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Wednesday 04, July 2018 by Jessica Combes

Living 100 years: the new expectation

 

UBS’s Head of Wealth Management for the Arabian Gulf, Niels Zilkens, discusses the importance of health and wealth and looks at how the rising prospect of living for a century means a whole new way of thinking

The idea of living a century was once confined to science fiction. For the world’s wealthy, living a 100-year life is not an outcome they consider a mere possibility. It’s one they expect. Whilst many want to discover the secret of how to live a long life, in our business, the most pressing challenge is how to plan your wealth over such a lengthy period of time.

Nine in 10 investors are taking steps in response to increasing life expectancy such as adjusting spending habits and financial plans, as well as allocating their wealth to long-term investments. Not only is longevity affecting the wealthy’s investment approach, it is also impacting their legacy planning. Nearly two in three investors plan to give more of their wealth away while they are still alive to see heirs enjoy it.

MANY WEALTHY PEOPLE IN THE UAE EXPECT TO LIVE FOR 100 YEARS
In the recent UBS Investor Watch report, the largest recurring survey of over 5,000 wealthy investors globally, we uncovered some fascinating insights into high net worth individual’s relationship with their health and wealth. In the UAE specifically, 45 per cent of respondents expect to live to 100, compared to a global average of 53 per cent. The topics of life expectancy and the related consequences are frequently discussed in many client meetings.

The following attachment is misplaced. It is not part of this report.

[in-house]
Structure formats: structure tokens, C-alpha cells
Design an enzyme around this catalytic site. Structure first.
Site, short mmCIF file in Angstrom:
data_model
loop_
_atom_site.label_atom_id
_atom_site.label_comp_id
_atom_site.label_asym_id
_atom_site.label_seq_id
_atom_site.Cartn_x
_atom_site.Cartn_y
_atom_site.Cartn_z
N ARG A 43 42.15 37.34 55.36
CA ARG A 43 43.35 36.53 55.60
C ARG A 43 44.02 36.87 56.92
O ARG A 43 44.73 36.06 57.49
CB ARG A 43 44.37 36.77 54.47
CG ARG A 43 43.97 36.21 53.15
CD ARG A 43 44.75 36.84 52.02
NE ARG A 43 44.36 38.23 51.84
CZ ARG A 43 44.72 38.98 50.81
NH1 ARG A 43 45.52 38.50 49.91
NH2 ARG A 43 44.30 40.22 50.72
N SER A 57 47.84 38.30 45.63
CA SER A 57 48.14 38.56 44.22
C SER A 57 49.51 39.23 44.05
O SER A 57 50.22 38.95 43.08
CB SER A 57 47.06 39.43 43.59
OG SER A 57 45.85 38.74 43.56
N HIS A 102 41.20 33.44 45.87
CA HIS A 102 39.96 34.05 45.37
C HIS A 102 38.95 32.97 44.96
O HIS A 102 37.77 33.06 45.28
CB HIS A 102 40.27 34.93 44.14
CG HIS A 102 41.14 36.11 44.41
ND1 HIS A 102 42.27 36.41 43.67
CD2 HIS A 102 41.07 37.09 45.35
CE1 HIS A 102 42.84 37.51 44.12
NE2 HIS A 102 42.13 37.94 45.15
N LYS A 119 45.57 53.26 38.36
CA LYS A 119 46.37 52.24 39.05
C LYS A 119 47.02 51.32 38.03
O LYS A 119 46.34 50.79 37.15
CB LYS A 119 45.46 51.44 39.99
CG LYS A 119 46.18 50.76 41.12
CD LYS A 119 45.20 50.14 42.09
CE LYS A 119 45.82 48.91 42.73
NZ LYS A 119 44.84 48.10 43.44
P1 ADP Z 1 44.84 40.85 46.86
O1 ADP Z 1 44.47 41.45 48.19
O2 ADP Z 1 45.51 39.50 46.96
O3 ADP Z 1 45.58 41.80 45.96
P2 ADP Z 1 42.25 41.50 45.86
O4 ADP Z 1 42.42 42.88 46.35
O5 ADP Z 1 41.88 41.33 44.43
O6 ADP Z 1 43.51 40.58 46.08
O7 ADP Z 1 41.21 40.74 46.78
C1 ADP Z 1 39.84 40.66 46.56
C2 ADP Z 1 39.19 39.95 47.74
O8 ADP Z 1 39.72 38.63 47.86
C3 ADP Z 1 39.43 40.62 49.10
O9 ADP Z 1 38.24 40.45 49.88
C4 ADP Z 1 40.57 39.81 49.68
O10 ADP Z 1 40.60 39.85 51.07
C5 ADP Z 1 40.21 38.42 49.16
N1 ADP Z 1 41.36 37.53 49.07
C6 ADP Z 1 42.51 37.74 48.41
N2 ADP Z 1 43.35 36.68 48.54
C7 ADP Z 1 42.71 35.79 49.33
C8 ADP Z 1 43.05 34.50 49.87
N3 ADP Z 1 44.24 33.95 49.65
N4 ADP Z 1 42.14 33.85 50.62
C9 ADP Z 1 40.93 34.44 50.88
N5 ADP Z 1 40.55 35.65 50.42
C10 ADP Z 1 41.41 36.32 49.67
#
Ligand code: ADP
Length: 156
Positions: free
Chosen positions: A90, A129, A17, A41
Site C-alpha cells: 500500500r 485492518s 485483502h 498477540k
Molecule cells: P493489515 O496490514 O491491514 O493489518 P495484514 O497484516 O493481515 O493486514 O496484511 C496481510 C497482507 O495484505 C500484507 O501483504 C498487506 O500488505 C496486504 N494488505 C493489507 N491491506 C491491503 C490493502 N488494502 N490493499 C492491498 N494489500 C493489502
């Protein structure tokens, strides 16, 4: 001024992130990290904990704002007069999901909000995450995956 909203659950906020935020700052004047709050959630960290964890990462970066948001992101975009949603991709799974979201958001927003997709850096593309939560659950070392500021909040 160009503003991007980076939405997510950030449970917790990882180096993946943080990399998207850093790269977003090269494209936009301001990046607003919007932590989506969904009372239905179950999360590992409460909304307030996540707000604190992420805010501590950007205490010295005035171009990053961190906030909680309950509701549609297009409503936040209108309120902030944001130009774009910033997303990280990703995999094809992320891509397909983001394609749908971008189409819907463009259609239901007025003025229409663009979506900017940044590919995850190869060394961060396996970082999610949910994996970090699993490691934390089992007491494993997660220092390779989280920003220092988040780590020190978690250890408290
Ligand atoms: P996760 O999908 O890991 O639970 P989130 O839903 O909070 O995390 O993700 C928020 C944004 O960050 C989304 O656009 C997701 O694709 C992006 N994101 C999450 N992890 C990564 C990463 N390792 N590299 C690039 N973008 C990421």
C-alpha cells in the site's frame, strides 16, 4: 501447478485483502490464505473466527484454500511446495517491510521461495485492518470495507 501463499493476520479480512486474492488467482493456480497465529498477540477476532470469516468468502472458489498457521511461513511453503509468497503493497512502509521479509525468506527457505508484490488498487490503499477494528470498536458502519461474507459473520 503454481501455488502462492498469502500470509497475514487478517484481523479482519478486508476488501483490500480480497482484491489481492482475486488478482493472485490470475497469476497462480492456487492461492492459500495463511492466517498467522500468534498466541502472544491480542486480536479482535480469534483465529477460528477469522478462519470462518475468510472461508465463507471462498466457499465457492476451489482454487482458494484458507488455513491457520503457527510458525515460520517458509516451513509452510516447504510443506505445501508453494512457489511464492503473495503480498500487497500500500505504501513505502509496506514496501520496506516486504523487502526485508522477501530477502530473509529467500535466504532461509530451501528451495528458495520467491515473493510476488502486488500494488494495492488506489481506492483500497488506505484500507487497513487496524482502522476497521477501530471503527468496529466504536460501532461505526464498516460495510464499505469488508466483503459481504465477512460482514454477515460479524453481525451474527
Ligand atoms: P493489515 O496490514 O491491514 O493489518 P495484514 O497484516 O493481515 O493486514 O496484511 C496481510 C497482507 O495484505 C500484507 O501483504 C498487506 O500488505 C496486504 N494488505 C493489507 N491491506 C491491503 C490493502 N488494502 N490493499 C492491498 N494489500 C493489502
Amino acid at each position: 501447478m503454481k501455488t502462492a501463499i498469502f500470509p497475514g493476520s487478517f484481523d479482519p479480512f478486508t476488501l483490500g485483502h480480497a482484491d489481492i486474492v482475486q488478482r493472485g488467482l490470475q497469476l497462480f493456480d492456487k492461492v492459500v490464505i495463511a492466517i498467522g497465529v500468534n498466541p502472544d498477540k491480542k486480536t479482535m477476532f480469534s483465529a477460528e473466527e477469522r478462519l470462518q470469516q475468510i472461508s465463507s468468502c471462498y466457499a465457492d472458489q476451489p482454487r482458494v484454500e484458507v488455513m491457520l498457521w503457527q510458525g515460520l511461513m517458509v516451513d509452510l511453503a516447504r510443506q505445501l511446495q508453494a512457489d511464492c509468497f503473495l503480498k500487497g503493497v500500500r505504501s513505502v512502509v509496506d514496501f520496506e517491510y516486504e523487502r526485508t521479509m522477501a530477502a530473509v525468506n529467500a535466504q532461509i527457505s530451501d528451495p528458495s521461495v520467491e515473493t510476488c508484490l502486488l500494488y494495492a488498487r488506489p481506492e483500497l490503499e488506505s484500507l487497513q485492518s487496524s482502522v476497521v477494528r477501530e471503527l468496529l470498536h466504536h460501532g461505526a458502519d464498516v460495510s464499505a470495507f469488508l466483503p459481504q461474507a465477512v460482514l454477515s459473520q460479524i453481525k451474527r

LONGEVITY IS PROMPTING THE WEALTHY TO ACT DIFFERENTLY
Almost all of the wealthy individuals surveyed in the UAE say they have made, or will make, financial changes in response to longer life expectancy. While 30 per cent are adjusting their spending habits, the most common strategy is to make greater use of long-term investments. This makes a lot of sense and many clients are keen to create long-term financial plans in a variety of investment areas so that they can make higher returns.

One also has to think carefully about how to plan. A longer life means more time to accumulate savings; but it can also mean a longer retirement, resulting in the need for more money to be saved. Both require a greater exposure to risky assets since they offer a higher return in the long run. It also makes sense to have exposure to long term themes that may only pay off later in life.

We have identified a variety of long-term investment themes that they could consider: Some of these include for example, smart mobility where the need for energy efficient transportation, regulatory changes and technological advances will lead to greater electrification of cars, autonomous driving and new car-sharing mobility concepts. This opens opportunities in particular for electronics and electric components related to electrification and autonomous driving. In the world of automation and robotics, rising wages and demographic challenges will put pressure on manufacturing costs and drive investments in automation solutions.